Now the story of my strange night begins in earnest. The setting: a schmancy film industry party. Dramatis personae: me, of course, and a young actress I’ve just met, for whom I’m playing wing girl. Picture glamorous people mingling with sugary cocktails in hand. It's midway through the party, and the actress and I have been absorbed into a klatch of a half-dozen or so glamorous people, one of whom stands out: a tall, fair guy a little older than me, with peridot eyes that skip about in search of someplace interesting to alight. He's a director, and I, it turns out, am interesting. We talk about books, philosophy classes we took in college; we trade recollections of Detroit, where he grew up and where my family’s from; we make fun of Werner Herzog and then confess our earnest love of his films. This man's name does not start with J. When our klatch decamps to a bar not far from my apartment, he and I huddle in a corner, and no one even tries to interrupt us, so impermeable is the seal around our talk.
He walks me home. I invite him up for a nightcap. I’m drunk but I feel sober, because all this talk, it’s reminding me who I am. And, sitting on the small sofa in my living room, sharing a bottle of cheap wine and a pack of cigarettes, the talk deepens—we share our dreams, our family woes, our daily vexations.
At dinner parties, this is the point in the story where I stop and explain the layout of my old apartment. It's a two-bedroom in a converted tenement building in the East Village; as you walk in, the bathroom is immediately to the left of the door, and my roommate's bedroom is on the right. Her door is closed and, as I'll soon discover, locked; she's out of town that weekend. Take two steps forward and you're standing inside our tiny kitchen, which is L-shaped and opens off the long side onto the living room where the man who's returning me to myself is now seated. My bedroom is at the back, through the living room; that door is also closed.
We're talking, talking, talking, and then, at some point, we're kissing, kissing, kissing. Hands everywhere. The booze and the cigarettes and the swoon of love I’m falling into are all making my head spin, so I stop things short and head to the bathroom. This is important: Walking off, I say, verbatim, “Make yourself comfortable.”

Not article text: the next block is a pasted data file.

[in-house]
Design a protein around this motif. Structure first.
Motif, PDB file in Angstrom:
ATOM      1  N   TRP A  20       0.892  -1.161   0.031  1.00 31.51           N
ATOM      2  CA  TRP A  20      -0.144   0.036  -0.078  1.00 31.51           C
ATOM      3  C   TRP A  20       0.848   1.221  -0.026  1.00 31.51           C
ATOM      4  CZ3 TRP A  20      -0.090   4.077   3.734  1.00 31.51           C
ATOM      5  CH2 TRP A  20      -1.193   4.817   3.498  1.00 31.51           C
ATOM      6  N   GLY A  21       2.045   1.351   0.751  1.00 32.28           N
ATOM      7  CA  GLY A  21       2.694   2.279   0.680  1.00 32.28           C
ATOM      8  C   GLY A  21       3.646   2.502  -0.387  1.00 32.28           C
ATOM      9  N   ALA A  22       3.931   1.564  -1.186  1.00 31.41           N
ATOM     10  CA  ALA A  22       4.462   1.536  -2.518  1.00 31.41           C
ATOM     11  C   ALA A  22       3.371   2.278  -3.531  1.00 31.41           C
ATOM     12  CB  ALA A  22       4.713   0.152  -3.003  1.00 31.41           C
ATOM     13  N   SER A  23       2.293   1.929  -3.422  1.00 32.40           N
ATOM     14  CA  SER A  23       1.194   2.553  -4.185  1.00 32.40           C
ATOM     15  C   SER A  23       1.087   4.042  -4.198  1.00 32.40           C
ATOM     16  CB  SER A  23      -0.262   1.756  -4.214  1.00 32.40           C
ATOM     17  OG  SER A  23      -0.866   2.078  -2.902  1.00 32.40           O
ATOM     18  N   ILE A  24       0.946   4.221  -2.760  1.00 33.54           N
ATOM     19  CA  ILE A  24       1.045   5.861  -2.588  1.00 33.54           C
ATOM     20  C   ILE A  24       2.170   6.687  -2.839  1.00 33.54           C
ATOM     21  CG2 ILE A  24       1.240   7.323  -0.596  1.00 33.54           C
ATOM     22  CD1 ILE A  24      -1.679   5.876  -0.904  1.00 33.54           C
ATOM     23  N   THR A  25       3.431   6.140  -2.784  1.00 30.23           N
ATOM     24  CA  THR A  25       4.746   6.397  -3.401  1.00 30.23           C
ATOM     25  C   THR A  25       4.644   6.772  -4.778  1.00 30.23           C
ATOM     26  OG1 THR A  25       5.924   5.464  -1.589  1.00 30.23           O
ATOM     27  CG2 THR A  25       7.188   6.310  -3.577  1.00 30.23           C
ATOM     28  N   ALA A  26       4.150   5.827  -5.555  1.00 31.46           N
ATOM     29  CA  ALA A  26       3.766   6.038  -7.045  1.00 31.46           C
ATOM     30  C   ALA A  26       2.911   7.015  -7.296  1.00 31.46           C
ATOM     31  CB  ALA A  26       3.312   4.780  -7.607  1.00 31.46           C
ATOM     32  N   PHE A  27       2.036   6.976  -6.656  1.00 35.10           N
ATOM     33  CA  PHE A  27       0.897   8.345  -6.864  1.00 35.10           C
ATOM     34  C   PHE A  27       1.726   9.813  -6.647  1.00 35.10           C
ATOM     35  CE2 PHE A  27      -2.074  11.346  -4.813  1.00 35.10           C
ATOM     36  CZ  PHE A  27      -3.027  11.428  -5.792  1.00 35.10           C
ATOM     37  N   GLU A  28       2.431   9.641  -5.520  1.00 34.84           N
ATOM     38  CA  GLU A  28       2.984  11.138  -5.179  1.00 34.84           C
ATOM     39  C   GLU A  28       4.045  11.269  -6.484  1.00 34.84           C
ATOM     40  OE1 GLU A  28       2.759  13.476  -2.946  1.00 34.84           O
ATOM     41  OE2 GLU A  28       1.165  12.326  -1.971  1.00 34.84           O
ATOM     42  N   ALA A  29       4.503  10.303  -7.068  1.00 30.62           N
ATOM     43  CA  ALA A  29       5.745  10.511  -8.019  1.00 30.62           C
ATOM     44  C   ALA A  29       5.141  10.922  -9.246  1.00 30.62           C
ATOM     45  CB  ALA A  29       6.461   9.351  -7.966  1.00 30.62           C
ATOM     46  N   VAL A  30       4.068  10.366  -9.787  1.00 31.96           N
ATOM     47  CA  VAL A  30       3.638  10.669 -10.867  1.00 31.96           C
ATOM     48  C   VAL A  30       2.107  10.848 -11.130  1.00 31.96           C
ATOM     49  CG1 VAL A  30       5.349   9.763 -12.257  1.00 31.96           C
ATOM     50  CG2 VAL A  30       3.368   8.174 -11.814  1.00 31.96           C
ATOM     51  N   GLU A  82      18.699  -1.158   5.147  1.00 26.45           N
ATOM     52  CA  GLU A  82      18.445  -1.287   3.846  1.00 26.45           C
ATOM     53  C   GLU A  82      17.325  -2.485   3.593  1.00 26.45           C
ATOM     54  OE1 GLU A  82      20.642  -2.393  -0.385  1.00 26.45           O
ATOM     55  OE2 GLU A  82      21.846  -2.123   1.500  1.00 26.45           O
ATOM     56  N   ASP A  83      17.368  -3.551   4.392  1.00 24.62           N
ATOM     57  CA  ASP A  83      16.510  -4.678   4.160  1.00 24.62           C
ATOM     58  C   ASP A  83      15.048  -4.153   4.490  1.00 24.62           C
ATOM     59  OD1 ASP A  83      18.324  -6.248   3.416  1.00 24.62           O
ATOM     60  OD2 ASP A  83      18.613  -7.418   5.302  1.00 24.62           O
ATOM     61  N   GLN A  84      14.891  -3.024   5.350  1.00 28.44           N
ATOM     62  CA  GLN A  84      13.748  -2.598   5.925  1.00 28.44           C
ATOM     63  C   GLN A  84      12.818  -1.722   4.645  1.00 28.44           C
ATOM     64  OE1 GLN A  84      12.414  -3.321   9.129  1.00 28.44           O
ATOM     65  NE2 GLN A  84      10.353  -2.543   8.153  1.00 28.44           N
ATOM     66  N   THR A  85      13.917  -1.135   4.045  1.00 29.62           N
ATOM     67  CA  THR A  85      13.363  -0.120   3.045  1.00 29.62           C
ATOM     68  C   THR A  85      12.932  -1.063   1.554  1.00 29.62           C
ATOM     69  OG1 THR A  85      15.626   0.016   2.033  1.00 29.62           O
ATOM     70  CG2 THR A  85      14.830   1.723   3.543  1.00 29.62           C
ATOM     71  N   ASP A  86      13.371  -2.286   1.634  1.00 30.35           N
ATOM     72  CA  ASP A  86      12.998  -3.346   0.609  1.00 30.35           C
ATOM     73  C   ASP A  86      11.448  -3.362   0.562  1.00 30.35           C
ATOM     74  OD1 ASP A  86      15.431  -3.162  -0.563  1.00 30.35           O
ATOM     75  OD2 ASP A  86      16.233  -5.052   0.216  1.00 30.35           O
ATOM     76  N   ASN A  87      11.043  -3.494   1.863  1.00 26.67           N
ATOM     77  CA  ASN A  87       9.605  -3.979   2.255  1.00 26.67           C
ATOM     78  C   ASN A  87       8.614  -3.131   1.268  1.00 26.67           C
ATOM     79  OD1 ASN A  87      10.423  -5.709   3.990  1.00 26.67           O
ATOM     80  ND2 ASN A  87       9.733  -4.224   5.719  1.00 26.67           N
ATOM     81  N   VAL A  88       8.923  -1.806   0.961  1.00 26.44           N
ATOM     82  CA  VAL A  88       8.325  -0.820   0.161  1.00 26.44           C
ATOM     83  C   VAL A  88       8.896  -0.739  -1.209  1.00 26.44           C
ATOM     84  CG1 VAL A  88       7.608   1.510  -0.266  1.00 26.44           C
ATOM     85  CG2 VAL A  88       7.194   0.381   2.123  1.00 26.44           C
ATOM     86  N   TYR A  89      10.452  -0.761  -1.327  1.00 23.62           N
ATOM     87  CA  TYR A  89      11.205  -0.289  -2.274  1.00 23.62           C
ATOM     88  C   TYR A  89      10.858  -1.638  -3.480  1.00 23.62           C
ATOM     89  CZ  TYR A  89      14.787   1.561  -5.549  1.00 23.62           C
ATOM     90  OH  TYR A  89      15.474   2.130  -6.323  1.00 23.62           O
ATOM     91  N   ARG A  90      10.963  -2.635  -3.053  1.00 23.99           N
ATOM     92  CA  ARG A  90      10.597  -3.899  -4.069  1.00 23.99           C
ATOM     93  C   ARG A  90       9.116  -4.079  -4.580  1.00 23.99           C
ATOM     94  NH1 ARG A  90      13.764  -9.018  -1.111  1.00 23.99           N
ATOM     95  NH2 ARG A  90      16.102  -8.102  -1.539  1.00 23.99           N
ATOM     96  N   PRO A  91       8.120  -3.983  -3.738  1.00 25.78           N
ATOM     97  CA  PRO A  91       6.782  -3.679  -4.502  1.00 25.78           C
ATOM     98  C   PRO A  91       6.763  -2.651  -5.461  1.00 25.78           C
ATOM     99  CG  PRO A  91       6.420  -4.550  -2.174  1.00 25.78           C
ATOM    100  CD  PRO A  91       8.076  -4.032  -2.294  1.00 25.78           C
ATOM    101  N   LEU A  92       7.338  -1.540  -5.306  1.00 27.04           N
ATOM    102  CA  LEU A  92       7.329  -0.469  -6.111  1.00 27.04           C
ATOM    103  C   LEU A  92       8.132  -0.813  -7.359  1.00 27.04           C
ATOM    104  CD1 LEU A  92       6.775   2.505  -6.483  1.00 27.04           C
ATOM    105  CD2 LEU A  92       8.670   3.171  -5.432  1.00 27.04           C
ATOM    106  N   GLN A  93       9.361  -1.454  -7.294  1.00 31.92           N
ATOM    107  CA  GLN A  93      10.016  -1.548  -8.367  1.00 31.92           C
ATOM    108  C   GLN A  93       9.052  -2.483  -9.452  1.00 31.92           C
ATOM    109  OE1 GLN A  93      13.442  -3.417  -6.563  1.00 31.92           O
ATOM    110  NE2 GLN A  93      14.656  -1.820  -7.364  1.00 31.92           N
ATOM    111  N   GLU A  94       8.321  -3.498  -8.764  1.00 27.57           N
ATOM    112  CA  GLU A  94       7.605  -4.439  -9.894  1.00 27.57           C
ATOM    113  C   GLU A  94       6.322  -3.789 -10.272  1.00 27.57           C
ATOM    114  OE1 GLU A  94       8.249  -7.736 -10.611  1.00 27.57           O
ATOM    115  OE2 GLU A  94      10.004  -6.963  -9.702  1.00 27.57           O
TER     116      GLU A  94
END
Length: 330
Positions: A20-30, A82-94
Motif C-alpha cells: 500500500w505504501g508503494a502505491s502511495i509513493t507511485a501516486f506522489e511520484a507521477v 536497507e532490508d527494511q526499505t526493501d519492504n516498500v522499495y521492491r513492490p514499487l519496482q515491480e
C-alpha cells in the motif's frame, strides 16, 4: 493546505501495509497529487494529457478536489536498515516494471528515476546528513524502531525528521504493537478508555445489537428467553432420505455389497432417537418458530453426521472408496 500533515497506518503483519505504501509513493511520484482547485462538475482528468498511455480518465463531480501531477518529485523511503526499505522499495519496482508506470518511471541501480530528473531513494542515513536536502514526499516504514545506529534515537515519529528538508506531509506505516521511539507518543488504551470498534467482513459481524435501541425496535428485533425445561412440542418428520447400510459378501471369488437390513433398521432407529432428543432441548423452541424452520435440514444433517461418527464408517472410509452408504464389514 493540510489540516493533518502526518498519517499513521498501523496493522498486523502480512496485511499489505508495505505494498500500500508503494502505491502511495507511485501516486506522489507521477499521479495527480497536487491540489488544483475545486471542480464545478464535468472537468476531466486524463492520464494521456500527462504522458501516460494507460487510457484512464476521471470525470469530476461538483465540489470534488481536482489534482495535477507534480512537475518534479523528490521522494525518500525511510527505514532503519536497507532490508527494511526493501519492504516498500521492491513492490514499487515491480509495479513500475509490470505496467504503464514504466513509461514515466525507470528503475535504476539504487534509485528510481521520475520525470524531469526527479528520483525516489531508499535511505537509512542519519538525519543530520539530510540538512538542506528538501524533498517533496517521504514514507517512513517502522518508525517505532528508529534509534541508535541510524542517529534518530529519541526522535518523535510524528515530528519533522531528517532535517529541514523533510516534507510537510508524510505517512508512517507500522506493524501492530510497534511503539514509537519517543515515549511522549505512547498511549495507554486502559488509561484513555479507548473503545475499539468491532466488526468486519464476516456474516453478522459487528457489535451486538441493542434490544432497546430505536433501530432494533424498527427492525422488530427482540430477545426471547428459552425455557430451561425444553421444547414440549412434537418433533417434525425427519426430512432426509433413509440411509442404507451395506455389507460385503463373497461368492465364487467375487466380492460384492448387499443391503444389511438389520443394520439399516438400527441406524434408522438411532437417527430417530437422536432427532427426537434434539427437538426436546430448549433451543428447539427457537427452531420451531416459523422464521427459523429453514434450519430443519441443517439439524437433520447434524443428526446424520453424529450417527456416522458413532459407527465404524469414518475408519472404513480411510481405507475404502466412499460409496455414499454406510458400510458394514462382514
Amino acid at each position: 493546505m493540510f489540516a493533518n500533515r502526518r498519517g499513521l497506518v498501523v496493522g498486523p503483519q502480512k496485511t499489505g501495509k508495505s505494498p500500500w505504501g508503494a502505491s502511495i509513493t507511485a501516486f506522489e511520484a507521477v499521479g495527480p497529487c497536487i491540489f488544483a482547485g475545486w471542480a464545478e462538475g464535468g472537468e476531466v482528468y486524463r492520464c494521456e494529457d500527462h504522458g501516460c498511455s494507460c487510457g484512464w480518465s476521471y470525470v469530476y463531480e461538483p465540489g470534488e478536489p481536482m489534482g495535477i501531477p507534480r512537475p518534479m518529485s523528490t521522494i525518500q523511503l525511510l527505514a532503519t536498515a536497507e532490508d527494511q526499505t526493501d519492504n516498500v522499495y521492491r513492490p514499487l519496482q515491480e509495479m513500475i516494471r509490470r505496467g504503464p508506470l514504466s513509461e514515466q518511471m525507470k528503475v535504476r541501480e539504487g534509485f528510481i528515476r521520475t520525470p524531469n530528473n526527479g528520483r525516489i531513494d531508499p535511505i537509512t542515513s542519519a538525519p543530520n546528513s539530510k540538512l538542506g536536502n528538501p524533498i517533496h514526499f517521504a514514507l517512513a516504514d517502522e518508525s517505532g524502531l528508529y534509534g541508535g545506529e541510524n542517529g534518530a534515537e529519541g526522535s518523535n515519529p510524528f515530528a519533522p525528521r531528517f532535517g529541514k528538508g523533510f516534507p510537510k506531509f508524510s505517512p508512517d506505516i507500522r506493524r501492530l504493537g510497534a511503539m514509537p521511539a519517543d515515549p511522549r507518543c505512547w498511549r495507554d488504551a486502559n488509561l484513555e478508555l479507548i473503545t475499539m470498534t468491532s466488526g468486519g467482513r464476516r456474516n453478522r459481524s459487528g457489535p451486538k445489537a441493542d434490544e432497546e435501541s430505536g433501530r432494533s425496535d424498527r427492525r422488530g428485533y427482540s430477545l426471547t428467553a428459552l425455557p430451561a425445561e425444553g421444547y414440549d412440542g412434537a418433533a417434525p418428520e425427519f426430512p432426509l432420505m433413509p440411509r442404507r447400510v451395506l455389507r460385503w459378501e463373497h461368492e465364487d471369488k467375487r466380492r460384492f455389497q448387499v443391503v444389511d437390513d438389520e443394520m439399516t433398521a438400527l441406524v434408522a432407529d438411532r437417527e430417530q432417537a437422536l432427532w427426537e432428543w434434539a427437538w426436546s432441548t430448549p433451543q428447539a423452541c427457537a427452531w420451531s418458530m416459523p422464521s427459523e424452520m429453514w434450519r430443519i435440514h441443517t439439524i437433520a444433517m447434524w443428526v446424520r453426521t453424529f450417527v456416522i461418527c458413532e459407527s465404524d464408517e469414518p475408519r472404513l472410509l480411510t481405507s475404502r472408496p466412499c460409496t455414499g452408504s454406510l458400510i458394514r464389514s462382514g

I decide to brush my teeth. I’m thinking about a rock star I once went on a date with, who told me that when he was a junkie he'd spend about 20 minutes each morning brushing his teeth, it was a path into consciousness for him. Now I understand what he was doing, because as I'm brushing, brushing, brushing, I'm also giving a pep talk to the girl in the mirror. Maya, I tell her, don't fuck this up. Unplug your hormones, repent of your slutty ways, throw up a stoplight on the road you know leads to bed, to sex, to a morning of stilted chat and the awkward exchange of telephone numbers. Slow down, I tell myself, because this guy's a keeper.
Breath freshened beyond belief, I return to the living room. Not-J has disappeared. I know he hasn't left, because I would have heard him exit from the bathroom, but just in case, I walk back through the kitchen and peer into the outer hall. Nothing. I test the handle on my roommate’s door: locked. Confused, I go back into the living room, and this time, I notice that the door to my room is now slightly ajar. As I remember it, I take cautious, silent steps toward that door—but that may be a dramatization, a fiction encrusted over actual events by years of retelling. Cue the Psycho strings.